On March 31 of this year, I awoke to find A DXCC press release announcing the deletion of Midway and Kure Island from the DXCC List. I found this hard to believe, because Midway has been on the DXCC List, both in 1937 and in 1947, since the inception of the DXCC program.
The justification given in the press release was that President Obama expanded the Papahanaumokuakea Marine National Monument area on August 26, 2016. This he did. However, the area he expanded was water only. He simply expanded the water area out 50 miles, yet not one piece of land was included! Since DXCC allows only land-based contacts, this seems to suggest that there was no justification for deletion, especially a deletion based upon that particular date.
Perhaps DXCC became confused about their own rules. So I did a further, in depth review of the Midway situation. I had done this before, between 1996 and 1998, as part of the DXCC 2000 Committee, but thought I should do it again, since some things had changed. What I found convinces me that there should have been no deletion of Midway, thus no deletion of Kure.
One of the principles of the DXCC List criteria for additions and deletions has long been that if an entity is found to meet criteria to be placed on the list, it is not then removed if that criteria changes. I actually wrote this into the revised 1998 rules under DXCC List Criteria 3 e). Anything on the 1998 List cannot be deleted unless their status changes. Further, under Criteria, 5. Deletion Criteria, c) criteria changes will not be applied retroactively.
Then, I reviewed again why Midway Island was on the DXCC List, both in 1937 and 1947. The clues begin with a short study of the early history of the DXCC program, and the rationale behind the list of countries provided at the beginning.
The history of DXCC actually begins in 1935, with the publication of Clinton B Desoto’s landmark article in QST. (i)In this article, which was used as the basis for the creation of the first DXCC List, first mention is made of a “discrete geographical or political entity”. Later in that same article is a discussion of islands and island groups. Groups are “constituted by several islands commonly grouped under one name and under the same political control (italics mine.) The Hawaiian Islands are mentioned in this paragraph. If you check an atlas of the day, you would find the Hawaiian Islands listed under one name, and the Midway Islands listed separately. You would find this to be true in a current Rand McNally Atlas as well. The National Geographic Atlas of the World, 2015, shows the Papahanaumokuakea Marine Monument, created on June 15, 2006. It also shows Midway separately, administered by U.S. Fish and Wildlife. (ii)This shows that at the time of DXCC List creation, Hawaii and Midway were considered separate by mapmakers and by DXCC, both in 1937, 1947, and even today. In short, it was a discrete entity, listed by mapmakers as separate from Hawaii, which indeed it was politically.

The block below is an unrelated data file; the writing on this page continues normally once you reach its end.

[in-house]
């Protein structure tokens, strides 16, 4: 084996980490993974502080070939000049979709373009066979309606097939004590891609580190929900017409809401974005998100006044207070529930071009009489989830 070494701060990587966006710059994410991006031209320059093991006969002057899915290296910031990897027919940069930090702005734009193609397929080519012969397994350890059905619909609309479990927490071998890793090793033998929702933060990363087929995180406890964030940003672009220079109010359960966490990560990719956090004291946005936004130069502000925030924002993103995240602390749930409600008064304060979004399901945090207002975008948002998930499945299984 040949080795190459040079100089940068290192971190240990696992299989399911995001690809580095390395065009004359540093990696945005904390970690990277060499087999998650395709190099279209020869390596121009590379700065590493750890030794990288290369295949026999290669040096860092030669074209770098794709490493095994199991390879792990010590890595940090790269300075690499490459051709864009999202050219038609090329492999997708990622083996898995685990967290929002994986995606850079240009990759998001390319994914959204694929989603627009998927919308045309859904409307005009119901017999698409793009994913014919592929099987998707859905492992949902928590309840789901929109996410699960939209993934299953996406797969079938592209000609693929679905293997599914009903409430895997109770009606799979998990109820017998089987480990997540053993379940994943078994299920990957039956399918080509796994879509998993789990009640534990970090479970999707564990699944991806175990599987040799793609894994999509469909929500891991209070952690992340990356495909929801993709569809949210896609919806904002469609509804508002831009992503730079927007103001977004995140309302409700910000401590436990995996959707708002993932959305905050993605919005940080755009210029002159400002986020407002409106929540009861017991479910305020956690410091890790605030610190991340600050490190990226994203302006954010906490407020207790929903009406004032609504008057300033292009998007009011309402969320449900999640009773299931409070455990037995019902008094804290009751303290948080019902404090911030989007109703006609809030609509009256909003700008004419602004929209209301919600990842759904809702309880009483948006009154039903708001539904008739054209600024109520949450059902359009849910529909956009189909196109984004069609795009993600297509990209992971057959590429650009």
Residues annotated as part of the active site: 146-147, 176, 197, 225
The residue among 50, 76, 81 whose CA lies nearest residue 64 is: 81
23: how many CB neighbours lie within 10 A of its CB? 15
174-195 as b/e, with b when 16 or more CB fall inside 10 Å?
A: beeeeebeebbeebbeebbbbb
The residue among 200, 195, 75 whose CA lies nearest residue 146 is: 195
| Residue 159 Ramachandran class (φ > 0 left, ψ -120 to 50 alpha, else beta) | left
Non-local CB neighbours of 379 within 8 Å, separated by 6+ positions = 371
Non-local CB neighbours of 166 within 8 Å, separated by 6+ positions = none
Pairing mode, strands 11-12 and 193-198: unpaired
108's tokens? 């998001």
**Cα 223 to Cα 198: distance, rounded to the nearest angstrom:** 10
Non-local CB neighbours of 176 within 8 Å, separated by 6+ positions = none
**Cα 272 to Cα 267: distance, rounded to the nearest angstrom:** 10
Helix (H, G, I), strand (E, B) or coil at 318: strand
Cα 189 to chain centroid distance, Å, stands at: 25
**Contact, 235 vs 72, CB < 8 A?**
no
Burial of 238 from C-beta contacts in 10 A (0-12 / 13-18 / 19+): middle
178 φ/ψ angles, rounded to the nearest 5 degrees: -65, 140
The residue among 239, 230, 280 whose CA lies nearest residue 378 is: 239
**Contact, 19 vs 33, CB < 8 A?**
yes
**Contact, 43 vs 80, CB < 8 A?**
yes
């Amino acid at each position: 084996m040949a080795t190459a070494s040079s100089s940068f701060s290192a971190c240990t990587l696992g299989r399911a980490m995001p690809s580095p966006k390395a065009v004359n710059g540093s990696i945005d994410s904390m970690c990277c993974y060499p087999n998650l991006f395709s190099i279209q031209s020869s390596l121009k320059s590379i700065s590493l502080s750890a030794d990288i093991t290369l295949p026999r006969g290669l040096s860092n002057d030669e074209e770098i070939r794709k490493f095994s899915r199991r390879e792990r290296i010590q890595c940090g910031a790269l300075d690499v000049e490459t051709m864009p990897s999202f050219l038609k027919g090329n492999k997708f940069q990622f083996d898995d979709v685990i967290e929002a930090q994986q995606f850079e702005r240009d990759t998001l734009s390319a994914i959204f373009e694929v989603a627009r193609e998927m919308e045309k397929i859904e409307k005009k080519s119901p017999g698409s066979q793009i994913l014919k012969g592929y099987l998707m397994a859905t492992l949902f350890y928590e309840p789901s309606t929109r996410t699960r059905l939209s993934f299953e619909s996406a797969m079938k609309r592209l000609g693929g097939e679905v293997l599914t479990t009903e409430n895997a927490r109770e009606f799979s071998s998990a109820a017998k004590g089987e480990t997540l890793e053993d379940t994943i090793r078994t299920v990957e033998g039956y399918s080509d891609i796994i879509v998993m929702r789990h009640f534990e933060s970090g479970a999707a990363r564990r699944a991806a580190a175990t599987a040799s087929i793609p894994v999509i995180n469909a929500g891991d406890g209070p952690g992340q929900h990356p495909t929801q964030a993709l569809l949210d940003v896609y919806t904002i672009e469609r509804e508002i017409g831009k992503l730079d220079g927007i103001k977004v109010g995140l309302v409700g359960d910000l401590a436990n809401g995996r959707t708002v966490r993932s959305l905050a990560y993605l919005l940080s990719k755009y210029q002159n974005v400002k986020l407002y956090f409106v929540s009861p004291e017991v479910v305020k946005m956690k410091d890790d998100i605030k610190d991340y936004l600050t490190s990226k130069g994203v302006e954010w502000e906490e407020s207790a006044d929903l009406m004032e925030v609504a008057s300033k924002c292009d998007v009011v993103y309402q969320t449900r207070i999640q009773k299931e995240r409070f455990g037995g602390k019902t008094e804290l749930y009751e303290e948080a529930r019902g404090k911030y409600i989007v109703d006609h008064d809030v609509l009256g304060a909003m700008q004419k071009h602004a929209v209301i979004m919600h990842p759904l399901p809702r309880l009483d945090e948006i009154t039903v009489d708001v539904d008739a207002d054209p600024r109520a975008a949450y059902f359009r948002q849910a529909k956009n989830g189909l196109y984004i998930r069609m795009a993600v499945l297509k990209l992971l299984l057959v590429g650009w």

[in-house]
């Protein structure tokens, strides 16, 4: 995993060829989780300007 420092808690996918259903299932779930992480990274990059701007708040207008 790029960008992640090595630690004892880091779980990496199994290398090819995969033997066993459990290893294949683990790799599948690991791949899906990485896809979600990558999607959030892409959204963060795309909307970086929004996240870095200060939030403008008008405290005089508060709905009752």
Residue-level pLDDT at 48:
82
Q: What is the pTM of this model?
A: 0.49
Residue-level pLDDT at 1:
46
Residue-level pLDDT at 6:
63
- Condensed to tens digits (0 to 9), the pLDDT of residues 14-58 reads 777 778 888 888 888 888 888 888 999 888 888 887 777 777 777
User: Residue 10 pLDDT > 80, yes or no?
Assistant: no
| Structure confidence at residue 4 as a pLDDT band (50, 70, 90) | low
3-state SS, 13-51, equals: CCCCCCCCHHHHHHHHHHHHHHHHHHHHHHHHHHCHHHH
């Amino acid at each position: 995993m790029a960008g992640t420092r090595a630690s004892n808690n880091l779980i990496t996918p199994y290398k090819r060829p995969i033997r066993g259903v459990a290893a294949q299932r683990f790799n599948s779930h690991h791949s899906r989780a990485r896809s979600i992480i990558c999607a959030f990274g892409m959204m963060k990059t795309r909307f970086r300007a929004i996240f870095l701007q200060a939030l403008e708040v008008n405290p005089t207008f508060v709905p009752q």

To fully understand, it is best to look at the history of Midway and Kure.
A Captain Middlebrook originally claimed Midway for the U.S. on July 5, 1859. It was later formally claimed by the U.S. Navy (August 28, 1867). At that time Hawaii was an independent kingdom. In 1903, President Theodore Roosevelt signed Executive Order 199-A, placing Midway under jurisdiction and control of the U.S. Navy. In 1941, President Franklin Roosevelt issued Executive Order 8682 creating several Naval Defense Zones. Midway was included in those areas. On April 22, 1988, Midway was designated a National Wildlife Area. On October 31, 1996, President Bill Clinton signed Executive Order 13022 transferring Midway to the Department of the Interior, U.S. Fish and Wildlife Service to become the Midway Atoll National Wildlife Refuge. This order remains in force. Never in any of those orders was Midway made a part of the territory or state of Hawaii, which is what would need to happen to cause a deletion.